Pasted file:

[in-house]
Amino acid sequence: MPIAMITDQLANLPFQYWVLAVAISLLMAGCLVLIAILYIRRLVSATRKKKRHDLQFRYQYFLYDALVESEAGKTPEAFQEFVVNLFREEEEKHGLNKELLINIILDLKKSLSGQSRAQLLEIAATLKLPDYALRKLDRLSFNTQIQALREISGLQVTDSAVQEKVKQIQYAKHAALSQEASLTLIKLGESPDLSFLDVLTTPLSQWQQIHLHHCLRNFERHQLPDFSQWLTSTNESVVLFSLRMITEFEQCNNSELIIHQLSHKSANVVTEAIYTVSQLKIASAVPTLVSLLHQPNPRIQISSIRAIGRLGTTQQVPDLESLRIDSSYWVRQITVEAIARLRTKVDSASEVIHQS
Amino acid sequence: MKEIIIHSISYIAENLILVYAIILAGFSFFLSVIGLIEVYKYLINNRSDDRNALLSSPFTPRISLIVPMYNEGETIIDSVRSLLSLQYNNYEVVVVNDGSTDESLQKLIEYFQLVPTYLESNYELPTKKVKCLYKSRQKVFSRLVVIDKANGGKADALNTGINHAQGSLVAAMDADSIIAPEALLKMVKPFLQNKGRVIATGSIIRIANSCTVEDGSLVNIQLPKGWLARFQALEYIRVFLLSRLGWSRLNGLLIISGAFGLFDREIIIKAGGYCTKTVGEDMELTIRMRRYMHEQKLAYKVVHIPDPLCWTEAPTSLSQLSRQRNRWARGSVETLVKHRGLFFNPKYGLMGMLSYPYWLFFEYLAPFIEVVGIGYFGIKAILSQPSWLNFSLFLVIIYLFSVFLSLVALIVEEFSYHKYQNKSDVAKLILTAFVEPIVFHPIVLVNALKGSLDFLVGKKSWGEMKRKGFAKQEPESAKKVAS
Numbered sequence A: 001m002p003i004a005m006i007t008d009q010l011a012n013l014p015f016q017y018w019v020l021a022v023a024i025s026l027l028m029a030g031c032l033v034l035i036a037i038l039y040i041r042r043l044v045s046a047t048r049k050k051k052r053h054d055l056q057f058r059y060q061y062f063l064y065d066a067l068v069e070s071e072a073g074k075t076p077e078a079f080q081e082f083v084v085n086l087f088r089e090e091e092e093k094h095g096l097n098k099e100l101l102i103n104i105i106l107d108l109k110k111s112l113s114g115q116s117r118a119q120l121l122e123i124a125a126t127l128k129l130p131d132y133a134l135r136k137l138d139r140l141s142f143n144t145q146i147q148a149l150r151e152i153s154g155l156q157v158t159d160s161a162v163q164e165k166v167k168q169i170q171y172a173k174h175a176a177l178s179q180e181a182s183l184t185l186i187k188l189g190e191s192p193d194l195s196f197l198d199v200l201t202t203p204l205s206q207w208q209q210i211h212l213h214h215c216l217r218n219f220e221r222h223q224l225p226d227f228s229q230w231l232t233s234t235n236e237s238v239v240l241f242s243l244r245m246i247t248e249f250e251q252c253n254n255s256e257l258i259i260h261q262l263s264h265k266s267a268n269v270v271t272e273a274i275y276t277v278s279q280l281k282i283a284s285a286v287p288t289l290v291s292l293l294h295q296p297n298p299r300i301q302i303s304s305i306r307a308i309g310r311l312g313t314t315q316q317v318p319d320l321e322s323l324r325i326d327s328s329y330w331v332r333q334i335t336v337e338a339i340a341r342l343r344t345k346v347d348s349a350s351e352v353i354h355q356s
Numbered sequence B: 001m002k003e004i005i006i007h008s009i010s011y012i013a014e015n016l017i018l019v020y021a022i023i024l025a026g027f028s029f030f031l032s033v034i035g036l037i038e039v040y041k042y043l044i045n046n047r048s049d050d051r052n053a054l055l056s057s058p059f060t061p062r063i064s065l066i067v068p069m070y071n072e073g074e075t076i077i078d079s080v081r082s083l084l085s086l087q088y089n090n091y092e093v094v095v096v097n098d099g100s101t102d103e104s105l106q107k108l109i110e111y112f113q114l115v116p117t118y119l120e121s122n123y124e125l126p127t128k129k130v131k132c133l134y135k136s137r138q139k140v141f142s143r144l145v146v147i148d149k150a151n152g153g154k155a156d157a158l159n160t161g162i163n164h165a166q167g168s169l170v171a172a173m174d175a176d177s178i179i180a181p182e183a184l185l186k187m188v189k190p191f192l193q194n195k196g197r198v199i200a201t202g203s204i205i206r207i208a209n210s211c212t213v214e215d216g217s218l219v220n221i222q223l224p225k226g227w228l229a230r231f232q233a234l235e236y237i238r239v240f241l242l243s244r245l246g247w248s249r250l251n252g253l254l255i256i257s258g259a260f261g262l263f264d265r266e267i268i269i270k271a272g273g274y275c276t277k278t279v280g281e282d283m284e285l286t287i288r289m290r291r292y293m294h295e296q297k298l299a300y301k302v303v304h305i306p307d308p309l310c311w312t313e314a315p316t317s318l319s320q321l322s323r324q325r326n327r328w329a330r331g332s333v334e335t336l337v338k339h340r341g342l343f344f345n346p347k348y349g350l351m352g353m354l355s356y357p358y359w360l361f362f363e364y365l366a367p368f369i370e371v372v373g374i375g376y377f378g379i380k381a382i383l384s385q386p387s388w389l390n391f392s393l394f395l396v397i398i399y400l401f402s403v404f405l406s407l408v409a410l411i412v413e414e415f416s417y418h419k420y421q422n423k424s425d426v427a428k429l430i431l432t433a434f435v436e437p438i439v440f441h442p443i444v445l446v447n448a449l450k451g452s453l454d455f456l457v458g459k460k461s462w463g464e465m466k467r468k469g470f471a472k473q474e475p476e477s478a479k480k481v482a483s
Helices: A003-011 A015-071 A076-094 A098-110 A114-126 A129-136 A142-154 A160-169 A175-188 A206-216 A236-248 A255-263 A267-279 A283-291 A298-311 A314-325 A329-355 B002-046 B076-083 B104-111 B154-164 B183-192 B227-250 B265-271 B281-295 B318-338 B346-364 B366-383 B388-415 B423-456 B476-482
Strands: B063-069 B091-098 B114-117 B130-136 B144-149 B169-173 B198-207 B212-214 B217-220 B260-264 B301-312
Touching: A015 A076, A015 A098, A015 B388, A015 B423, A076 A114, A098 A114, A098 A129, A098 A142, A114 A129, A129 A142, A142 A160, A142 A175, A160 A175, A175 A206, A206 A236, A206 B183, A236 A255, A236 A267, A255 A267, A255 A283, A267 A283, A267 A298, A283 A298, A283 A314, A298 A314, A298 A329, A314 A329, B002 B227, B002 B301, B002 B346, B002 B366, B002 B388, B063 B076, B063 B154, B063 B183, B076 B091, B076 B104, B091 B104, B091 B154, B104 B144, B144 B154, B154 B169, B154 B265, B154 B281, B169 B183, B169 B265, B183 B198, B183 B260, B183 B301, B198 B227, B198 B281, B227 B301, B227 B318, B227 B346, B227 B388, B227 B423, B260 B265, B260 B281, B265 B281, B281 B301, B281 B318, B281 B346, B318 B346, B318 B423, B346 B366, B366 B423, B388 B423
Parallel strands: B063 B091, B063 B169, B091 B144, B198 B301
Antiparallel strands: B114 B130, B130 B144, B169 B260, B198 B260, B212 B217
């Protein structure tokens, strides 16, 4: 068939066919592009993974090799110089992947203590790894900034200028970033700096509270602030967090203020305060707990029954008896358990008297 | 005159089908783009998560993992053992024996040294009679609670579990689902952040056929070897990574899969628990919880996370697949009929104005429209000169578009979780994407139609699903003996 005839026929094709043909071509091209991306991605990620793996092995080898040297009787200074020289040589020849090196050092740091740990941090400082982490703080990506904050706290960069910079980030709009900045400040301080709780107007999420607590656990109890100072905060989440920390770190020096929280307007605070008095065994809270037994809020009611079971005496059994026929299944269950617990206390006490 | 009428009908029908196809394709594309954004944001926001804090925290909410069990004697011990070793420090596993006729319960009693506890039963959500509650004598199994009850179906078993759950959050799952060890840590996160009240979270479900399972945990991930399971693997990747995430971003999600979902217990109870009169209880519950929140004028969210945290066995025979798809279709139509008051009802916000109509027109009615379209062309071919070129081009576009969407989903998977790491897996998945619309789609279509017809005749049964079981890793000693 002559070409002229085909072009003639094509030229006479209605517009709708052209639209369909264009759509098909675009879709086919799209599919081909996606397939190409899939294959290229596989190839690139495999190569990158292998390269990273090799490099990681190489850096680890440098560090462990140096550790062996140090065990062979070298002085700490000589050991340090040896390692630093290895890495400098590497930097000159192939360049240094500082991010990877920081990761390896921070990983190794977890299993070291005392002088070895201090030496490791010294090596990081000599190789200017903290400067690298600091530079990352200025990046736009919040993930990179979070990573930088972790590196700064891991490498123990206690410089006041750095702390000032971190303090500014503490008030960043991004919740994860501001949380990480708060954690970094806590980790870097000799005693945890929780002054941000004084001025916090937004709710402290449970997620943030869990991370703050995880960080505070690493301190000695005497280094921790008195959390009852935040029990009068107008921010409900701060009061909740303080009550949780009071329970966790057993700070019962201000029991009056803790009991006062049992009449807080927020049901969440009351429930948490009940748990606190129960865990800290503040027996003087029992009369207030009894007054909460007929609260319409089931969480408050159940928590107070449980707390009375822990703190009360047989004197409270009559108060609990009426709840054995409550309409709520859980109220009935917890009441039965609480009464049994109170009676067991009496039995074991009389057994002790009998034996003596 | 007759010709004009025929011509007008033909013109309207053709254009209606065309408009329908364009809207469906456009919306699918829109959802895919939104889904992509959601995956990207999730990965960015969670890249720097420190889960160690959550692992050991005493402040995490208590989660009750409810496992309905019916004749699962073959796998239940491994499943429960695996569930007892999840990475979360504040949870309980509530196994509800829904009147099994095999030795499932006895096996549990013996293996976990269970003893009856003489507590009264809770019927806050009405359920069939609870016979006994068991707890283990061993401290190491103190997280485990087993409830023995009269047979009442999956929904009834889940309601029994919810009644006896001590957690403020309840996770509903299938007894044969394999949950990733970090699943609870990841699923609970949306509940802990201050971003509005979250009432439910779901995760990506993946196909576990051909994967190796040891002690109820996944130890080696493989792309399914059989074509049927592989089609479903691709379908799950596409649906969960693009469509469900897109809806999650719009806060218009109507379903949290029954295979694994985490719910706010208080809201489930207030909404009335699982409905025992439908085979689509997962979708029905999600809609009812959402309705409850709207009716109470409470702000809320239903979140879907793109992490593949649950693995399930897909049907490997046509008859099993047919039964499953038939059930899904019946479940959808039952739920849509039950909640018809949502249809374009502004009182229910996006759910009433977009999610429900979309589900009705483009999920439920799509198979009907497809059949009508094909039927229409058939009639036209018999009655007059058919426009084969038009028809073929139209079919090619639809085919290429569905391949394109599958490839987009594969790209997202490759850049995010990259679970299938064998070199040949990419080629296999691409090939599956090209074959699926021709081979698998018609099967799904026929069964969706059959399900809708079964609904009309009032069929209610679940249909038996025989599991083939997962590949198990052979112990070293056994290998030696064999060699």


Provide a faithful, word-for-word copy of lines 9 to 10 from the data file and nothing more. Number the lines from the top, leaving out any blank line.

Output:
Parallel strands: B063 B091, B063 B169, B091 B144, B198 B301
Antiparallel strands: B114 B130, B130 B144, B169 B260, B198 B260, B212 B217